I had this in mind as I moved north from Arua. The road was actually only a few years old – a smooth ribbon of tarmac cutting a wide swath through a peaceful countryside of conical straw-hut villages.

    Rural Uganda

    The larger settlements, still villages, but usually labelled trading centres in Africa, consisted of more concrete buildings. Most of these were covered in bright paint advertising the companies who had obviously paid for this lurid spectacle. Soap powder, mobile phone, solar panel and of course paint companies dominated. The scenes on the roadside could have been from a number of African countries.

    There would typically be a small shop of some description, a wooden bench or two outside and perhaps a tree providing shade nearby. Within that shade sitting on those benches would be anything from two to a dozen plus boys or men. A few motorbike taxis might also be parked alongside. The people were always male of course. Just sitting, passing the time. Sometimes there would be a game of cards taking place. Other times it just appeared like people were waiting for something to happen or someone to arrive. At least that is how I interpreted it. I imagined there must be hundreds of thousands of people in the countryside, maybe millions, doing precisely nothing for most of the day. Too hot perhaps, although the women  were working.

    None of it surprised me. I’ve seen it everywhere in rural Africa. I would wave, attempt a greeting and pedal on in the heat, wondering what discussion would follow in my wake.

    The languages in fact changed too often for me to keep track of. In an area where Uganda, DRC and South Sudan – countries with years of instability and the subsequent movement of people, come together quite closely, I suspected there must be a complete mix of ethnicities. At least where English didn’t work so well Kiswahili sometimes helped.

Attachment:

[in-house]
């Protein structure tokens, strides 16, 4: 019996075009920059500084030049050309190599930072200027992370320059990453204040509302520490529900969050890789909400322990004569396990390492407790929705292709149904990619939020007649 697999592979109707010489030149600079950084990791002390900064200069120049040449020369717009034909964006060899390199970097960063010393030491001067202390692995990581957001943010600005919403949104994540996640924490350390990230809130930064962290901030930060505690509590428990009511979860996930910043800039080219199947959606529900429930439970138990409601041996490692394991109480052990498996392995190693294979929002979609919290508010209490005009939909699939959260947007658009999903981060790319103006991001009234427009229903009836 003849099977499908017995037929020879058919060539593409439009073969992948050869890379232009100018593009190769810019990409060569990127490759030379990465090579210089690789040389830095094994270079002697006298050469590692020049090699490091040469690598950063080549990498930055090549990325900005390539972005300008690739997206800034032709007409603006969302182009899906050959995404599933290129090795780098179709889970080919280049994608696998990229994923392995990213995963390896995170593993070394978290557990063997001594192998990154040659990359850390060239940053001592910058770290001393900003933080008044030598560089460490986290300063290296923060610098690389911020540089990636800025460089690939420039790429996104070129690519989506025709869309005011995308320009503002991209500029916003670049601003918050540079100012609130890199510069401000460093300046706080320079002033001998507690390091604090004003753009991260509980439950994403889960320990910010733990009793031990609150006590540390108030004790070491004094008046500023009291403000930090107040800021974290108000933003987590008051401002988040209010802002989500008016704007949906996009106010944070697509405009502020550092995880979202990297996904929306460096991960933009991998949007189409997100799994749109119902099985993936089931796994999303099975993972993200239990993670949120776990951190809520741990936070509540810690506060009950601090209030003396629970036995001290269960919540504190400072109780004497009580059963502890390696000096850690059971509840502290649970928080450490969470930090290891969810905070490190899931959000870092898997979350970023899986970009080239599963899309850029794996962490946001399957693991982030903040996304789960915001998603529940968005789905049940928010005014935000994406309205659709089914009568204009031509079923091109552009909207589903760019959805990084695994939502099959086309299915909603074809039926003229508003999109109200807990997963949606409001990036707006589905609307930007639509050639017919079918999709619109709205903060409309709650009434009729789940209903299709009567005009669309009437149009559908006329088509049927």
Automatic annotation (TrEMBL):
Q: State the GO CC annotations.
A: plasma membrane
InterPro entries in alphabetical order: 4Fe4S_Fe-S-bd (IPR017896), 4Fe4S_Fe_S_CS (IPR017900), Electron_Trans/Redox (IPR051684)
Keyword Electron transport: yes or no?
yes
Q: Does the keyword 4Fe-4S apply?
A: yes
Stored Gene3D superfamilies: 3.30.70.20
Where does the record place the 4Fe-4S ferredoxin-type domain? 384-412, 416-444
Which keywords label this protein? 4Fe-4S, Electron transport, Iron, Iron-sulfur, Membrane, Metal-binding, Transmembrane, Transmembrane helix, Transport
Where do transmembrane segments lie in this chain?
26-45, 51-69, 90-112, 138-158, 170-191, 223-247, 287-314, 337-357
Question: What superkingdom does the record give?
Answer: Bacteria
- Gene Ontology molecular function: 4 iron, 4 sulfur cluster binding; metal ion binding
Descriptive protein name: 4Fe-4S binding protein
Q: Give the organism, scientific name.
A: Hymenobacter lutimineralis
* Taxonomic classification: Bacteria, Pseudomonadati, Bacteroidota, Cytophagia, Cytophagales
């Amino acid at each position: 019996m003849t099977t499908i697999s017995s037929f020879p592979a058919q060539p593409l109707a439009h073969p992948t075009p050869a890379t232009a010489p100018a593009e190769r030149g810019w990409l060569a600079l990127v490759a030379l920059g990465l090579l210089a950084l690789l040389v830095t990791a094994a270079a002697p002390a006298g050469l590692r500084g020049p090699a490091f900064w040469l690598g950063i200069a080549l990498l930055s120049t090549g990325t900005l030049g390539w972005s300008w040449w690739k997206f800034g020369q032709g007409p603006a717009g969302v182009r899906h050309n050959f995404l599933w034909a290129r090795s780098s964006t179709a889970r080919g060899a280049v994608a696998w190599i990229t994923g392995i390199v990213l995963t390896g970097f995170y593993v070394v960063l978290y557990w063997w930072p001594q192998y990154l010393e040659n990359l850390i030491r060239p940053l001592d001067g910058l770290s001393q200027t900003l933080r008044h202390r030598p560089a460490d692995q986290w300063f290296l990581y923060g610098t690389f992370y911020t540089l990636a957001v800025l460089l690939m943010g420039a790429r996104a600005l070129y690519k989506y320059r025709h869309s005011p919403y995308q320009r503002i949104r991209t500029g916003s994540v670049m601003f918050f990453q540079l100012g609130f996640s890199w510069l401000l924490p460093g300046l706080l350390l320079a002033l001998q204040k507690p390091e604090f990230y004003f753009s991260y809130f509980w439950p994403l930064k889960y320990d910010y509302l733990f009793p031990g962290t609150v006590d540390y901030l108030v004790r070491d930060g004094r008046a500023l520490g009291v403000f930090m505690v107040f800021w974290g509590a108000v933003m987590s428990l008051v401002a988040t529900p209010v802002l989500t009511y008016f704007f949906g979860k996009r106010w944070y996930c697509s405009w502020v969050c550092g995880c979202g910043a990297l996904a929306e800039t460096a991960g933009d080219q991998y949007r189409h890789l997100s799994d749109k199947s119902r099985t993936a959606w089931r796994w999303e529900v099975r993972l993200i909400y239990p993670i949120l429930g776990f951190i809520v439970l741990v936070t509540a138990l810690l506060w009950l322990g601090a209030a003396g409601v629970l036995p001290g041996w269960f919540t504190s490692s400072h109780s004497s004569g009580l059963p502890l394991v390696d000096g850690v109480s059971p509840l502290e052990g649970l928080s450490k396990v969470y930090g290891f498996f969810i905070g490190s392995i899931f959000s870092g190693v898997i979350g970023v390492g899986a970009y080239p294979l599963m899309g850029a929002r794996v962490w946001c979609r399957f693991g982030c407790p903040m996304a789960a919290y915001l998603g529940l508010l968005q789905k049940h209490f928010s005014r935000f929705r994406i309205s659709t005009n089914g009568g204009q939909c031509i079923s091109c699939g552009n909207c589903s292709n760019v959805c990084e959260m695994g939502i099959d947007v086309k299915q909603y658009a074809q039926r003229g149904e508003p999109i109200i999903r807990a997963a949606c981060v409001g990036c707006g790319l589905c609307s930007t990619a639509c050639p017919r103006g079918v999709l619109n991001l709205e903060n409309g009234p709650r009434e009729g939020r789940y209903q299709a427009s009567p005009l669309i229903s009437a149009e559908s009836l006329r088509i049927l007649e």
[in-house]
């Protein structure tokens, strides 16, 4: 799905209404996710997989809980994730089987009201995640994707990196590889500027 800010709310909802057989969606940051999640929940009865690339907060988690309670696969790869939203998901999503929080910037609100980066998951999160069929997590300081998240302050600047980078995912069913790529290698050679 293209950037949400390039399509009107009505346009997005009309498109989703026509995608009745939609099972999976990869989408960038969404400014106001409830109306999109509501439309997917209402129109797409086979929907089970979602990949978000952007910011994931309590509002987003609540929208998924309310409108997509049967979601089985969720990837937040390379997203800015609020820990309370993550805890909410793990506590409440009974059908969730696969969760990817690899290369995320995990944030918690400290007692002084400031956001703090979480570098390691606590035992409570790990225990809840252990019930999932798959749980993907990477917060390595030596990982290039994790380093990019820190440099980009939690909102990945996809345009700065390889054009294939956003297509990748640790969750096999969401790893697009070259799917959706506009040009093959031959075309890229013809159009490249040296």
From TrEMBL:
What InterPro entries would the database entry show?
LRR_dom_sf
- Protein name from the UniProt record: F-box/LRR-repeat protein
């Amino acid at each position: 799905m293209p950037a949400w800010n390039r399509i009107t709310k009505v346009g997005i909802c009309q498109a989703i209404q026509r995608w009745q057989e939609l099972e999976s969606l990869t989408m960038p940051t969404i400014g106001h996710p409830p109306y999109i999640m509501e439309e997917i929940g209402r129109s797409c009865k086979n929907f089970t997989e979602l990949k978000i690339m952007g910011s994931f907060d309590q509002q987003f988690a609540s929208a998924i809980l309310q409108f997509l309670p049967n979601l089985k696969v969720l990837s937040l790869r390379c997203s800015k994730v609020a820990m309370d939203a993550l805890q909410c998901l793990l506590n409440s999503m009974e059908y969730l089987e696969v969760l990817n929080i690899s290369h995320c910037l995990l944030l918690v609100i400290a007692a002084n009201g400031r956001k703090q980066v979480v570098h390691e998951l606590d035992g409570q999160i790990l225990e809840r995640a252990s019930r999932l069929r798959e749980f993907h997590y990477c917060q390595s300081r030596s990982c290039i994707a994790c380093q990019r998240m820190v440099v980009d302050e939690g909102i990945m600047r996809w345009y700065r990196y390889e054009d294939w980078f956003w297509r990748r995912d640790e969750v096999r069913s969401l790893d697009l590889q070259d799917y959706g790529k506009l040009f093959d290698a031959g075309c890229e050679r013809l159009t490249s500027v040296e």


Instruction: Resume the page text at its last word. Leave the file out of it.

The children mostly seemed to entertain themselves with what nature provided them with. Had the water been clearer and cleaner I might have joined an excitable bunch as they hurled themselves off a bridge near some rice fields one afternoon.

    Water acrobatics

    Watch me!

    Kids having fun

    One of the most noticeable man-made features in many of these settlements were the churches. Uganda is predominantly Christian and there were no shortage of large missions on the roadside. Each one seemed to be demarcated on google maps. Little else was.

    Uganda church

    The landscape remained green, but the sun became hotter as I left the tarmac and descended back towards the banks of the River Nile on a dusty track.

    Dusty road from Koboko-Moyo

    Grass huts in view of Mt Otzi

    Descending to the River Nile at Laropi

    I was hoping the heat would actually dry out my GPS. It had stopped working in Murchinson Falls National Park following the mother of all rainstorms. I’d left it on the bike under blue skies for a few hours when I’d taken a trip up the river. The following morning when I packed-up to leave it went into a beeping frenzy and then switched itself off.

    For the next few days I observed the screen fogging-up as I had it charged into the e-werk electrical converter that is connected to my dynamo hub. Power was obviously going into the device as the battery was charging, but none of the buttons were responding.

    Fogged-up GPS